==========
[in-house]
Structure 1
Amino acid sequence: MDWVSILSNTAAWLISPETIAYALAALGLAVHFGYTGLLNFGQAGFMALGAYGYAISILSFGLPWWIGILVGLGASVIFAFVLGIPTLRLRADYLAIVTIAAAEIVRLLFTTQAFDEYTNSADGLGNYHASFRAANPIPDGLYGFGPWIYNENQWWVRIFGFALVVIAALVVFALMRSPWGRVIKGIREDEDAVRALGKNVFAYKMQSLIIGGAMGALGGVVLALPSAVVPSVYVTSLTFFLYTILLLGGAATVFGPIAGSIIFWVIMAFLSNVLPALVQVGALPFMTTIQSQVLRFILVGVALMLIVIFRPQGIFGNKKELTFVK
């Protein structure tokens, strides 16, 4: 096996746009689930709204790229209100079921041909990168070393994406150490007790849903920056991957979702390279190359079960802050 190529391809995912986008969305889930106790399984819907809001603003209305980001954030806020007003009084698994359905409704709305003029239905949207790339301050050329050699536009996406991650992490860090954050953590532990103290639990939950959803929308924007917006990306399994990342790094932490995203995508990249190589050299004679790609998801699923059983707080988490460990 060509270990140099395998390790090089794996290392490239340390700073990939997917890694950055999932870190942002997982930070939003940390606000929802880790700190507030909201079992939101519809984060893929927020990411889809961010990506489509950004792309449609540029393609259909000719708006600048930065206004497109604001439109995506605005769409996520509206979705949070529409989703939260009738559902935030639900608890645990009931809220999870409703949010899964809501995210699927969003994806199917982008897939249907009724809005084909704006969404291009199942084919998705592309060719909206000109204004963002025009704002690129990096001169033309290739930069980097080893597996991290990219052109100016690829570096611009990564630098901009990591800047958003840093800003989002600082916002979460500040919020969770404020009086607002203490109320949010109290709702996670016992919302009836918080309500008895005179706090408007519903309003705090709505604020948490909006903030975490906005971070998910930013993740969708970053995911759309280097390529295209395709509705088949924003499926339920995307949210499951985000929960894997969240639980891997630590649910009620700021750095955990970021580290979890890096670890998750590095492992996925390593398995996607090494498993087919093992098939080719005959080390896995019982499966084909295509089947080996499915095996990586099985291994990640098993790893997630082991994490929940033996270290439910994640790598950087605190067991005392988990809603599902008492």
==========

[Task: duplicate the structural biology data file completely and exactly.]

[in-house]
Structure 1
Amino acid sequence: MDWVSILSNTAAWLISPETIAYALAALGLAVHFGYTGLLNFGQAGFMALGAYGYAISILSFGLPWWIGILVGLGASVIFAFVLGIPTLRLRADYLAIVTIAAAEIVRLLFTTQAFDEYTNSADGLGNYHASFRAANPIPDGLYGFGPWIYNENQWWVRIFGFALVVIAALVVFALMRSPWGRVIKGIREDEDAVRALGKNVFAYKMQSLIIGGAMGALGGVVLALPSAVVPSVYVTSLTFFLYTILLLGGAATVFGPIAGSIIFWVIMAFLSNVLPALVQVGALPFMTTIQSQVLRFILVGVALMLIVIFRPQGIFGNKKELTFVK
């Protein structure tokens, strides 16, 4: 096996746009689930709204790229209100079921041909990168070393994406150490007790849903920056991957979702390279190359079960802050 190529391809995912986008969305889930106790399984819907809001603003209305980001954030806020007003009084698994359905409704709305003029239905949207790339301050050329050699536009996406991650992490860090954050953590532990103290639990939950959803929308924007917006990306399994990342790094932490995203995508990249190589050299004679790609998801699923059983707080988490460990 060509270990140099395998390790090089794996290392490239340390700073990939997917890694950055999932870190942002997982930070939003940390606000929802880790700190507030909201079992939101519809984060893929927020990411889809961010990506489509950004792309449609540029393609259909000719708006600048930065206004497109604001439109995506605005769409996520509206979705949070529409989703939260009738559902935030639900608890645990009931809220999870409703949010899964809501995210699927969003994806199917982008897939249907009724809005084909704006969404291009199942084919998705592309060719909206000109204004963002025009704002690129990096001169033309290739930069980097080893597996991290990219052109100016690829570096611009990564630098901009990591800047958003840093800003989002600082916002979460500040919020969770404020009086607002203490109320949010109290709702996670016992919302009836918080309500008895005179706090408007519903309003705090709505604020948490909006903030975490906005971070998910930013993740969708970053995911759309280097390529295209395709509705088949924003499926339920995307949210499951985000929960894997969240639980891997630590649910009620700021750095955990970021580290979890890096670890998750590095492992996925390593398995996607090494498993087919093992098939080719005959080390896995019982499966084909295509089947080996499915095996990586099985291994990640098993790893997630082991994490929940033996270290439910994640790598950087605190067991005392988990809603599902008492």